If you've been a fan of the fantasy genre for any amount of time, chances are you're at least familiar with the dire wolf. Dire wolves frequently show up in fantasy stories, such as Game of Thrones by George R. R. Martin, Lord of the Rings by J. R. R. Tolkien, and Prophecy of Swords by M. H. Bonham. But you may be wondering if dire wolves were real or not. Dire wolves actually did exist in the past. They're now extinct, but they capture our imaginations even now.
The first thing you may be wondering is when the dire wolf actually existed. These wolves died out about 9000 years ago, and they lived in the Late Pleistocene to the Early Holocene, which is from 125,000 years ago to 9000 years ago. They lived in North America and died out during or not long after the American megafaunal extinction event.
Dire wolves get their name from the Latin classification of canis dirus, meaning "fearsome dog." These wolves were top predators along with saber tooth cats during the Late Pleistocene. They were bigger than modern wolves and much stouter, built for attacking and killing megafauna such as mastodons, bison, horses, camels, and other Pleistocene animals. Unlike fantasy depictions, they did not have saber teeth and were not as large as horses.
Dire wolves were the largest canine predators ever in existence. Unlike the Game of Thrones pony sized wolves, these wolves averaged about the same height and length or a little bigger as some of the biggest wolves in now existence. The Northwestern Wolf and the Yukon Wolf, which stand at more than three feet tall at the shoulder and almost six feet in length, are only slightly smaller than the biggest of the dire wolves. Dire wolves were generally more massive than modern day wolves, on average around 150 lbs.
Since dire wolves are extinct, you may wonder if modern day dogs and wolves evolved from dire wolves. Although it's an exciting concept, it's currently believed that the dire wolf is only a distant cousin of today's modern wolf, canis lupus, and the wolf's descendants, canis lupus familiaris or the dog. The dire wolf was not a direct ancestor.
Dire wolves were plentiful in America. So abundant that there were at least two subspecies of dire wolves in existence: Canis dirus dirus and Canis dirus guildayi. Canis dirus dirus weighed about 150 lbs on average and Canis dirus guildayi was slightly smaller at 132 lbs on average. Canis dirus dirus lived east of the Continental Divide and had comparatively shorter teeth and longer legs. Canis dirus guildayi had longer teeth and shorter legs and lived primarily in California and Mexico.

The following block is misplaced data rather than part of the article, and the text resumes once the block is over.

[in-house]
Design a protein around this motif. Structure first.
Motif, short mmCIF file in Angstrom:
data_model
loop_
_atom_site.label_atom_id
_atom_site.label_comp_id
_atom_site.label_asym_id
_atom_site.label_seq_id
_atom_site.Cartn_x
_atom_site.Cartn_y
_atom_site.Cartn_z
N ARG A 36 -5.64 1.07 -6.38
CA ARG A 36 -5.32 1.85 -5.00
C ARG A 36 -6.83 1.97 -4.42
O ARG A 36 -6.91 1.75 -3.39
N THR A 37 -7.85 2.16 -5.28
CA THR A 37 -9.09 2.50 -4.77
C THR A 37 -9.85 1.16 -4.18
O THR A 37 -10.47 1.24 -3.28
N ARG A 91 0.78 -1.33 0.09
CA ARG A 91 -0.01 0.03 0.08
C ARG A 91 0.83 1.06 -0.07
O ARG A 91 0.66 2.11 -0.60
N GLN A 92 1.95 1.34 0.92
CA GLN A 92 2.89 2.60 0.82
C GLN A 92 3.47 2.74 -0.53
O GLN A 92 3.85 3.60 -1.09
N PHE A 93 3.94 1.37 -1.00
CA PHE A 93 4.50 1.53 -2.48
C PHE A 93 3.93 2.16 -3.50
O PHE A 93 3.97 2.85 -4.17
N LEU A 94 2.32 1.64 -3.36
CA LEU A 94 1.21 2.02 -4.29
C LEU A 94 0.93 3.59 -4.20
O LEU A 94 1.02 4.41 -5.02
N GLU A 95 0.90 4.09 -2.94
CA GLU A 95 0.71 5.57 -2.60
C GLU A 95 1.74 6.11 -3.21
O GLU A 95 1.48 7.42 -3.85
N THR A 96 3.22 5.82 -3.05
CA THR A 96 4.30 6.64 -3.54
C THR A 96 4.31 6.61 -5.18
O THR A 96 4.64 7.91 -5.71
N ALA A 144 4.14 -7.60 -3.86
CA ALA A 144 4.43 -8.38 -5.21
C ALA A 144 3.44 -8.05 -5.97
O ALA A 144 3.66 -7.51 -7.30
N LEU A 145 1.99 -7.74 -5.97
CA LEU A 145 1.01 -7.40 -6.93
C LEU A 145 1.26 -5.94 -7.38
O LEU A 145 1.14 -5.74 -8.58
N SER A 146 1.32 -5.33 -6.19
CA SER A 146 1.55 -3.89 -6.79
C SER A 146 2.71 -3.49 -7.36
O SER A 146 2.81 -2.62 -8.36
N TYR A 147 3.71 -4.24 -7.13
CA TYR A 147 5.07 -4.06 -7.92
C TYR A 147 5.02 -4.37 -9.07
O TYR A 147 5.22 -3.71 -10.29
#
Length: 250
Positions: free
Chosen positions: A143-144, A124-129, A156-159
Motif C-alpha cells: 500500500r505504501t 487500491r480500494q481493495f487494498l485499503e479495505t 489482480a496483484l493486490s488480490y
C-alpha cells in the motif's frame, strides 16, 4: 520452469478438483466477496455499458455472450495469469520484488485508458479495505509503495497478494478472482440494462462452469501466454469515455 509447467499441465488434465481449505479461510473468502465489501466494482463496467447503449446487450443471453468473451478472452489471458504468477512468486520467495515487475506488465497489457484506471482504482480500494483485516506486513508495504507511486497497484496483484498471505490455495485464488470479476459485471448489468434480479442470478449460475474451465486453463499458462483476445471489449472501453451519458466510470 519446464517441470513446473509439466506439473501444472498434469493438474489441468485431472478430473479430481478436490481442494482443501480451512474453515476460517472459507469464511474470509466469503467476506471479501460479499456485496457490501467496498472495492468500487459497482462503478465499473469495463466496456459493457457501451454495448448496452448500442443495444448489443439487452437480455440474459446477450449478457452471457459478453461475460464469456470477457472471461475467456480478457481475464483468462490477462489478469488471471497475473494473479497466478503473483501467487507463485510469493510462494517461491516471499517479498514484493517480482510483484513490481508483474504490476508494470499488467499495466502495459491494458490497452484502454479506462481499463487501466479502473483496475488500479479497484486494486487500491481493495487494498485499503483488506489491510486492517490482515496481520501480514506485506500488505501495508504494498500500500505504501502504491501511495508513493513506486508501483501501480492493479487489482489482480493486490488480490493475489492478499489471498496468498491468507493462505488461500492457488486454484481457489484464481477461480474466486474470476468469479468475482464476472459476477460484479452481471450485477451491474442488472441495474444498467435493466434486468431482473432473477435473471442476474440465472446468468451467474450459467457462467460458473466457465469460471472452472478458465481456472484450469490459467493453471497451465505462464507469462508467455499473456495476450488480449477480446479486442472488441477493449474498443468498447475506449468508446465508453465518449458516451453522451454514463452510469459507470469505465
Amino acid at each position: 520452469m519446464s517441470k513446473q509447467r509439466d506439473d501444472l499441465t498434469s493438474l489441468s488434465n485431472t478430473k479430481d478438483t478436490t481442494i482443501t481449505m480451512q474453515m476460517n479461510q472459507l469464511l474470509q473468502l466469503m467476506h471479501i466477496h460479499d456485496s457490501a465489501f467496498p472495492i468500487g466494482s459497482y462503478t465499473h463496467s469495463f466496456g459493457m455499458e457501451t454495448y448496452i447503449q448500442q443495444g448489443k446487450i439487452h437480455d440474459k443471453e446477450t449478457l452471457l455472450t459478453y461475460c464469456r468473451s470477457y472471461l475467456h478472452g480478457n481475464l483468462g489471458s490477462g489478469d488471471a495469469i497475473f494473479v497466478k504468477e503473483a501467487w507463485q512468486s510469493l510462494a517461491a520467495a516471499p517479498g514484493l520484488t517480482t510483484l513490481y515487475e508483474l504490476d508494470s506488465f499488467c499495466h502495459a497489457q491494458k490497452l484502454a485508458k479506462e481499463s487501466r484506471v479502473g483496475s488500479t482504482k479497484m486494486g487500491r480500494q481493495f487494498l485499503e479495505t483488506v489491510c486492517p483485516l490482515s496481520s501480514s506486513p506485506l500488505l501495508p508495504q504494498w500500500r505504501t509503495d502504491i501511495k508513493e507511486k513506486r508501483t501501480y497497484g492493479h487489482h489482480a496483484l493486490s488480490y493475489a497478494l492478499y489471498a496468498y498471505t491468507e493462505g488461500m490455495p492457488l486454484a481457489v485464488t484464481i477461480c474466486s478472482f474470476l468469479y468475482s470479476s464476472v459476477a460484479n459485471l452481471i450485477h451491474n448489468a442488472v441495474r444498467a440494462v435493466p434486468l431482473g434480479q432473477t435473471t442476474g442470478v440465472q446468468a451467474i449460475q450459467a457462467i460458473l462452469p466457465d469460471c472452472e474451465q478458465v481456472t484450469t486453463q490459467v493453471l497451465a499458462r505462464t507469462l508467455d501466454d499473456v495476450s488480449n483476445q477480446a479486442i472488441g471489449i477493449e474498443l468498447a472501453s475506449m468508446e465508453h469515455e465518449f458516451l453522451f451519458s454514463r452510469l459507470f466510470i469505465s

Dire wolves had to deal with holding onto some seriously big and bad megafauna. In order to do this, they had to have teeth that could grasp and hold onto their prey. It's been calculated that the dire wolf had a bite that was 129 percent more powerful than today's modern wolves.
Although mastodons, giant ground sloths, camels, and other species were on the menu, dire wolves usually ate bison or horses. About half their diet was bison and the other half was horses, but given they were most likely opportunistic, they probably would eat other animals, if they presented themselves. Dire wolves most likely hunted in packs to kill their prey.
If you live in Southern California, you're smack dab in dire wolf central. The Page Museum at the La Brea Tar Pits has more than 400 dire wolf skulls. If you can't get there, most museums of natural history that have fossils will have a complete dire wolf skeleton.
The La Brea Tar Pits was a natural predator trap that lured unsuspecting dire wolves and saber-toothed cats to their deaths. Herbivores, probably looking for a drink of water, would become trapped in the tar that is estimated to be up to 75 feet deep in spots. The thrashing animal would alert hungry predators, who would then go into the tar pits to get an easy meal. But the predators, in turn, got trapped. About 90 percent of the animals found at the site are predators.
Dire wolves went extinct when the megafauna went extinct. Perhaps without enough food to support them, they were unable to survive in what had to be a changing environment. Some experts believe that climate change was a factor, and other experts believe that the extinction might have been due to the arrival of a new top predator: humans.
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